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How to use your travel vouchers and credits

When the pandemic hit, thousands of flights were canceled. Are those credits and vouchers expiring? What’s the best way to redeem them? We asked the experts.

Did a trip you planned get canceled? Here's help on how to use those vouchers and credits.adobe stock; globe staff photo illustration

When the pandemic hit in early 2020, thousands of flights were canceled, and travelers were given vouchers and credits to use toward future bookings. It’s a year later, are they expiring? What’s the best way to redeem them? We consulted two experts for their advice, Scott Keyes, founder and chief flight expert at Scott’s Cheap Flights, an e-mail subscription service that alerts members to the best flight deals, and flight expert Christina Pedroni, senior vice president at Liberty Travel.

The first thing you should do is determine what type of airline credit you’re holding. Is it a voucher, a future flight credit, a travel certificate, or available funds? Check the airline’s website. “Each of them has a robust page of terms and conditions on credits, including frequently asked questions that are helpful in understanding the terms and validity of your credit,” says Pedroni.

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Yikes, my voucher is about to expire. Can I extend it?

Most of the major US airlines have extended the validity dates of their future flight credits and vouchers to at least Dec. 31, 2021, and sometimes beyond that to two-plus years from the original ticketing date.

However, “Expiration dates and policies vary by airline and by what type of voucher or credit you have,” says Keyes. Here’s what the largest US airlines are doing, according to Keyes.

On United, travel certificates are valid for up to 24 months after the date they were issued while future flight credits for tickets issued between May 1, 2019 and March 31, 2020, are valid for 24 months after the original issue date. This means you need to book by the expiration date, but you can travel after it.

On American, a flight credit is good for travel within one year from the issue date, with the caveat that if your credit expires before March 31, 2021, it can be used for a travel date through December 31, 2021. A voucher must be used within one year of issue (the travel date doesn’t have to be within the year).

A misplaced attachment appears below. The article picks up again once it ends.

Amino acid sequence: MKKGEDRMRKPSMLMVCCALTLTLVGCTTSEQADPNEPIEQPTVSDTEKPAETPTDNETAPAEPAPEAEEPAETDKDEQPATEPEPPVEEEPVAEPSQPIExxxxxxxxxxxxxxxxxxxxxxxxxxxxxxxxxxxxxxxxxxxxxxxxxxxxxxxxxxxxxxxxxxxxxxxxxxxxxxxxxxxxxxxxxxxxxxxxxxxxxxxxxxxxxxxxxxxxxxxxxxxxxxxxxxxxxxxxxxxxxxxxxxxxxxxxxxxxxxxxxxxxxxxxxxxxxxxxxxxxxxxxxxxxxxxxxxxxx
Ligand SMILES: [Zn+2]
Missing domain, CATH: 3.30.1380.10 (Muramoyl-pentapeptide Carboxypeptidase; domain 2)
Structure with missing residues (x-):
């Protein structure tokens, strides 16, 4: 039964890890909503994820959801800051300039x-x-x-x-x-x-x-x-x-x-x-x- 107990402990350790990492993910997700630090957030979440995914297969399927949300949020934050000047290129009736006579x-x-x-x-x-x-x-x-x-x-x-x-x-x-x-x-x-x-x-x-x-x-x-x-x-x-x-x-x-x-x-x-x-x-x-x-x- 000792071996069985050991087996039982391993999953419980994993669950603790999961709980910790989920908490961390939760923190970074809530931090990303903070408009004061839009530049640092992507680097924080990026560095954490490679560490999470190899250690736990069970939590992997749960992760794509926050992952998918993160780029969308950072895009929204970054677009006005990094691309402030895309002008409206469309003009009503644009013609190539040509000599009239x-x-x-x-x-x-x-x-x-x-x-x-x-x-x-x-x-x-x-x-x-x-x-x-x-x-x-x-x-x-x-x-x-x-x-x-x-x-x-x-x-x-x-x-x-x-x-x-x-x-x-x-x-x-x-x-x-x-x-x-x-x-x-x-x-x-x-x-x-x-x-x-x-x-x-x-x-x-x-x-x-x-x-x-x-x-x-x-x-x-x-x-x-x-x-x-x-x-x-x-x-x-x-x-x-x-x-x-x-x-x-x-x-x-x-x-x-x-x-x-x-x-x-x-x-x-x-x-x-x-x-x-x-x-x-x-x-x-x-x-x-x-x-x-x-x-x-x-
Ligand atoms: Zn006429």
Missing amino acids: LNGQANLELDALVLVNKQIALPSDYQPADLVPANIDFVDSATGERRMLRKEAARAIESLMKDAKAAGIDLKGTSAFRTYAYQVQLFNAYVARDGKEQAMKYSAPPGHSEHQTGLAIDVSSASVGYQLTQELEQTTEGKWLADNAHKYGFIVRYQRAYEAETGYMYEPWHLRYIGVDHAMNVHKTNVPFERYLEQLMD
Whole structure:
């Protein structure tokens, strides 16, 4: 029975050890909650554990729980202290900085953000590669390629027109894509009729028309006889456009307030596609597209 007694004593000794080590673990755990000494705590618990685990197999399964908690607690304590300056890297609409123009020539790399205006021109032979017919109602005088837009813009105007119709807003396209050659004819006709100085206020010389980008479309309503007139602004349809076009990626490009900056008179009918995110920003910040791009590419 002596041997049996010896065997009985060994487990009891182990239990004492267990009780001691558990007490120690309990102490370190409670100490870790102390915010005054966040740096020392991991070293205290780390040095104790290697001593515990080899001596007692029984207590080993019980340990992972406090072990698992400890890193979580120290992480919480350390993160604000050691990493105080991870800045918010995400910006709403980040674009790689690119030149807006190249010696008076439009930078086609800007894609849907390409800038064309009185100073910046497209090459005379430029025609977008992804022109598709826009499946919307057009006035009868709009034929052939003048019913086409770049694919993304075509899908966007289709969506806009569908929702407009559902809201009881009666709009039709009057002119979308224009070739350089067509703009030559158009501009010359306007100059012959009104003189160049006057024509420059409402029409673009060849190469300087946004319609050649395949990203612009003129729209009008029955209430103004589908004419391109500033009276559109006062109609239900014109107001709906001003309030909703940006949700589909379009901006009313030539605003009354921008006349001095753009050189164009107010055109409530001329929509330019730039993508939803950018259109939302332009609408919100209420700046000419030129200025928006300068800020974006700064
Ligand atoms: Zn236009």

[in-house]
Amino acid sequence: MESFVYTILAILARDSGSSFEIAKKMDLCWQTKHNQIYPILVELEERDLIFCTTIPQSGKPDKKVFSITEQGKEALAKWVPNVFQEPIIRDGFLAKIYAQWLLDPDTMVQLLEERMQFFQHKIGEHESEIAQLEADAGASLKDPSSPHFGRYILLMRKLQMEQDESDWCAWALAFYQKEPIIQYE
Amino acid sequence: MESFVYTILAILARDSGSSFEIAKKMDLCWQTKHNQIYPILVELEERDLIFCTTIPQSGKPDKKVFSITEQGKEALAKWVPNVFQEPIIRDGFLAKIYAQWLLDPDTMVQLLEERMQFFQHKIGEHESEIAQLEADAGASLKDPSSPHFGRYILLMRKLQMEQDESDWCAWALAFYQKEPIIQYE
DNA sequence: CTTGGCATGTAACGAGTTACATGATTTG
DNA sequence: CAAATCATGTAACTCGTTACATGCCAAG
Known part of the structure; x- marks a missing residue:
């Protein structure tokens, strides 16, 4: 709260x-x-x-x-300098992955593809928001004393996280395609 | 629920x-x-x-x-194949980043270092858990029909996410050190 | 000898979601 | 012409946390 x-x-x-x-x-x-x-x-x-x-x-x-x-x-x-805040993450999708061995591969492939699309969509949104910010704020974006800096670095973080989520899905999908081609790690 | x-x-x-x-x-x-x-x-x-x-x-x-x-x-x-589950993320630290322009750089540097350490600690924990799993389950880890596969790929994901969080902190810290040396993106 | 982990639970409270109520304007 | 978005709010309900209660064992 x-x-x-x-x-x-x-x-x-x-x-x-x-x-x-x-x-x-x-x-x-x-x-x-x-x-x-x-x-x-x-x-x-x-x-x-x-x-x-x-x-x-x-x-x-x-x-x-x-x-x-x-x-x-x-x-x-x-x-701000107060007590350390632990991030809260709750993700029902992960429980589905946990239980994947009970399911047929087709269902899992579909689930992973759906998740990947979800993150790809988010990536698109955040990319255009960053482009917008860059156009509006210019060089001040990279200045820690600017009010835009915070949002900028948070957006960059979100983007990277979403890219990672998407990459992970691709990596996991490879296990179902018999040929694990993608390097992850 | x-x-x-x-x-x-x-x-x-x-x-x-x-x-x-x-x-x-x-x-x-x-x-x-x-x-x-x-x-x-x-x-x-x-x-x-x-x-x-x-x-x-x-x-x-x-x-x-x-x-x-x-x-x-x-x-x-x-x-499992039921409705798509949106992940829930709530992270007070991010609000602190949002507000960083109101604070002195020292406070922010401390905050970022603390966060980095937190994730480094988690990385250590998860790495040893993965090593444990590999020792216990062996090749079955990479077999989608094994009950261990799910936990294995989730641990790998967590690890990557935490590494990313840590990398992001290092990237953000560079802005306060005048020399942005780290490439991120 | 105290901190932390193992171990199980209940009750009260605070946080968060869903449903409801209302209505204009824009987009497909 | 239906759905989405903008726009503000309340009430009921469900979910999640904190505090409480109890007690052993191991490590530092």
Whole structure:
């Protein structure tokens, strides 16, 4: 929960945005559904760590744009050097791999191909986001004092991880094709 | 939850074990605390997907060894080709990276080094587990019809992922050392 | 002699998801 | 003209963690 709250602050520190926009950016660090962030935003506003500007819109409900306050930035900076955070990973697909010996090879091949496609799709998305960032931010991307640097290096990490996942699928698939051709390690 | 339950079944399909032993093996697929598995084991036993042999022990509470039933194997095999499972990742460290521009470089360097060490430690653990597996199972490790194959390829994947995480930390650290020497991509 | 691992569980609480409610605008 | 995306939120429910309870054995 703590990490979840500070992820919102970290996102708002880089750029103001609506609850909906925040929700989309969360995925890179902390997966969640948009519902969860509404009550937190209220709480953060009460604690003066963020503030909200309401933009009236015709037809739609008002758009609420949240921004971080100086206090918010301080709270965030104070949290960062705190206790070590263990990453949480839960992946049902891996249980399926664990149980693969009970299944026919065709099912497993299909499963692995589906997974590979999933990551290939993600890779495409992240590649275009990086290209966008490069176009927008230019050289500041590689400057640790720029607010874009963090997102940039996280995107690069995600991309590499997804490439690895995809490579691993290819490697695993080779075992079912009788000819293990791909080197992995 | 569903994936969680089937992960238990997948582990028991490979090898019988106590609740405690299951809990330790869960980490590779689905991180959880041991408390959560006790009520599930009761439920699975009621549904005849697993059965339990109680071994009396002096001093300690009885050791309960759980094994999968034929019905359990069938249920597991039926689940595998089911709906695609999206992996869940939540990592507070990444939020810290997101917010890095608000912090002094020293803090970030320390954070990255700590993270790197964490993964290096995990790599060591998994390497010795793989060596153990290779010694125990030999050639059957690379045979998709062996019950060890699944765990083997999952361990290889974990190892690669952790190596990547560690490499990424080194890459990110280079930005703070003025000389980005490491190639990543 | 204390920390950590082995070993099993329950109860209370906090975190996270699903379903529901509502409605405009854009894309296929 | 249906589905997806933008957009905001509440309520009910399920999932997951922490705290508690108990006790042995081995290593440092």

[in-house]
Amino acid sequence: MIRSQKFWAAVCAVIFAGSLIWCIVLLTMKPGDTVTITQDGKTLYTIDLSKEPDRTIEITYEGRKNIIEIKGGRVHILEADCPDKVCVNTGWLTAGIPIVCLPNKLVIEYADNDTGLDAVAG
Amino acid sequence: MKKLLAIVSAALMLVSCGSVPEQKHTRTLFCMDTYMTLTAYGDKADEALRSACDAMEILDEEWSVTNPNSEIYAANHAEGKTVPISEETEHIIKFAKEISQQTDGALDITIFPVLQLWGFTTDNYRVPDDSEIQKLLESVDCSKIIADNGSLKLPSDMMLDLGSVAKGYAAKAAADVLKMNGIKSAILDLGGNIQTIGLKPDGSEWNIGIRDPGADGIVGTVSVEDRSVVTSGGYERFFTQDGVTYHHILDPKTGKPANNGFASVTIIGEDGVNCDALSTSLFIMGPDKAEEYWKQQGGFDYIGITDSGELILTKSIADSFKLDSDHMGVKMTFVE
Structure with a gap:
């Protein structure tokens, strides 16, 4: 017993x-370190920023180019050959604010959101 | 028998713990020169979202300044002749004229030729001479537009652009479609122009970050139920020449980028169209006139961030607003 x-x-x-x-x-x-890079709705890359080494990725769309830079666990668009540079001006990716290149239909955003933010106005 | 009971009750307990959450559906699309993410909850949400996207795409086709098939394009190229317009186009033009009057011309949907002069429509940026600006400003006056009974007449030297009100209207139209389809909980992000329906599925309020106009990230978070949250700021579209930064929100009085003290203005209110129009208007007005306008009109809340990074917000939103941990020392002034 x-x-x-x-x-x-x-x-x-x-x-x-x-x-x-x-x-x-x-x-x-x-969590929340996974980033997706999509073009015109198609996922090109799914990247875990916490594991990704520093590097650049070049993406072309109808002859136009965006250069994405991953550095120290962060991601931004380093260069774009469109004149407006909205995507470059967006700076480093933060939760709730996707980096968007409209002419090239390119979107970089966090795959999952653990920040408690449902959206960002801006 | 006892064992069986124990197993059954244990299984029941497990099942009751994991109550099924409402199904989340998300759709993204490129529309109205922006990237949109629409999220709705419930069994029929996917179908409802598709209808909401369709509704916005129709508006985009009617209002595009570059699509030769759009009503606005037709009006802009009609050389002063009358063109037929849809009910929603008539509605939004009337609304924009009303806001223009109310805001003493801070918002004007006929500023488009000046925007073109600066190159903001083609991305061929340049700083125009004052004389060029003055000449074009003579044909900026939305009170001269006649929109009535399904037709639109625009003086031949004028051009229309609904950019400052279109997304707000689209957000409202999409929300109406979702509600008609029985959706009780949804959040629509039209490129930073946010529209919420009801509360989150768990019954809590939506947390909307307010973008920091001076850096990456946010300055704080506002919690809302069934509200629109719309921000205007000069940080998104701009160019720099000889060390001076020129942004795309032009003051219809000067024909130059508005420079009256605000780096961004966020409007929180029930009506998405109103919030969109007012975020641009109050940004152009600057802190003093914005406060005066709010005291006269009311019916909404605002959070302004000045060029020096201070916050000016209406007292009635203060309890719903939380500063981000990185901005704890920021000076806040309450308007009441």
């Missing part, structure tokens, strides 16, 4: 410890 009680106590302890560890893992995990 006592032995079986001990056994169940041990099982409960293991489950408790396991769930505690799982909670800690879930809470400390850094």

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And on Delta, vouchers usually must be used within the year. But, for tickets purchased before April 17, 2020, for original travel by March 31, 2021, you can use your voucher for travel until Dec. 31, 2022.

Southwest puts credits into travel funds which normally can be used for a flight that takes place within one year of issue. But for pandemic-era flights, it extended the travel date to Sept. 7, 2022.

Can I change my destination or switch travelers?

“Most airlines treat their vouchers or credits like a gift card,” says Keyes. “That means you don’t have to re-book the same route.”

But switching travelers is another story.

“Most airlines do not allow you to change the traveler on a flight credit. It must be used by the original passenger,” says Pedroni.

But there are some exceptions. “If you have a voucher with American (not a flight credit), you can use it to book travel for anyone,” says Keyes. “On United, if you have a travel certificate, (not a future flight credit), you can do the same. On Delta, you can use your voucher to pay for another person’s flight, but you have to be ticketed on the same reservation.”

A plane takes off from Logan Airport.Pat Greenhouse/Globe Staff/Boston Globe

What if there’s a fare difference?

Alas, if the new ticket you’re buying costs more than the value of your credit or voucher, you’ll need to pay the difference at booking. If the new ticket is lower, most major airlines will give you the difference back in a travel credit.

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But not all. There are airlines that will only allow you to use the credit on one new trip, and any unused value is lost. “This is an important question to ask your carrier,” says Pedroni. “If you have a high value ticket credit and your new trip is at a lower cost, you should consider upgrading so you don’t lose that value.”

What if I’m not ready to book a flight and my voucher is expiring?

First, there’s the easy option. “Simply call and ask for your expiration date to be extended,” advises Keyes. “Airlines have been much more accommodating than usual, but you still need to proactively ask.”

If that doesn’t work, you could book a flight that offers free changes. “While you’ll have to pay the difference if the fare rises, you’ll be able to change dates without an extra fee and you won’t lose the value of your voucher,” says Keyes.

But a word of caution: Many airlines’ flexibility policies regarding future changes and cancellations are set to expire on March 31.

When all else fails, don’t be afraid to ask

“It certainly doesn’t hurt to contact the airline and ask for an exception on their current policy,” says Pedroni. “In some instances, we’ve been able to get further extensions or the ability to transfer the credit to another traveler. But these are usually exceptions not the rule.”

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So, right now, with that airline voucher or credit sitting in your hands, log on to the airline’s website, and read the fine print carefully. “How many credits or vouchers can you use on one booking? Can you use it for bag fees and other extras? Can you use them on partner airlines? These are all things to look for beyond expiration policies,” says Keyes.


Diane Bair and Pamela Wright can be reached at bairwright@gmail.com